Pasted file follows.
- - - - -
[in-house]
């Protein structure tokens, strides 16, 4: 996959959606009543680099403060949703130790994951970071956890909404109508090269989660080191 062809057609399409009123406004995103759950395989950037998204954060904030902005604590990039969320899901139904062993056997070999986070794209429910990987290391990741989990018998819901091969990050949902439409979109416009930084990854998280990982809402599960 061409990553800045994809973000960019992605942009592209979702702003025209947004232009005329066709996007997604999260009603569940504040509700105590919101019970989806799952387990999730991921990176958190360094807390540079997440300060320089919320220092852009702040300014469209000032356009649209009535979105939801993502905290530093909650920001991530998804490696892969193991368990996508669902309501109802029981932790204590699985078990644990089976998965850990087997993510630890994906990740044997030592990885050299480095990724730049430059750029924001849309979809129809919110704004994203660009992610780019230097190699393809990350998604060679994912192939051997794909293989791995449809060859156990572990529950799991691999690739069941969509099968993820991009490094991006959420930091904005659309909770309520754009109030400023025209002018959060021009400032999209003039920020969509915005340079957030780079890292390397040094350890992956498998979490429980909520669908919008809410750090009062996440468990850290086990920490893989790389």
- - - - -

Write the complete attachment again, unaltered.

[in-house]
């Protein structure tokens, strides 16, 4: 996959959606009543680099403060949703130790994951970071956890909404109508090269989660080191 062809057609399409009123406004995103759950395989950037998204954060904030902005604590990039969320899901139904062993056997070999986070794209429910990987290391990741989990018998819901091969990050949902439409979109416009930084990854998280990982809402599960 061409990553800045994809973000960019992605942009592209979702702003025209947004232009005329066709996007997604999260009603569940504040509700105590919101019970989806799952387990999730991921990176958190360094807390540079997440300060320089919320220092852009702040300014469209000032356009649209009535979105939801993502905290530093909650920001991530998804490696892969193991368990996508669902309501109802029981932790204590699985078990644990089976998965850990087997993510630890994906990740044997030592990885050299480095990724730049430059750029924001849309979809129809919110704004994203660009992610780019230097190699393809990350998604060679994912192939051997794909293989791995449809060859156990572990529950799991691999690739069941969509099968993820991009490094991006959420930091904005659309909770309520754009109030400023025209002018959060021009400032999209003039920020969509915005340079957030780079890292390397040094350890992956498998979490429980909520669908919008809410750090009062996440468990850290086990920490893989790389």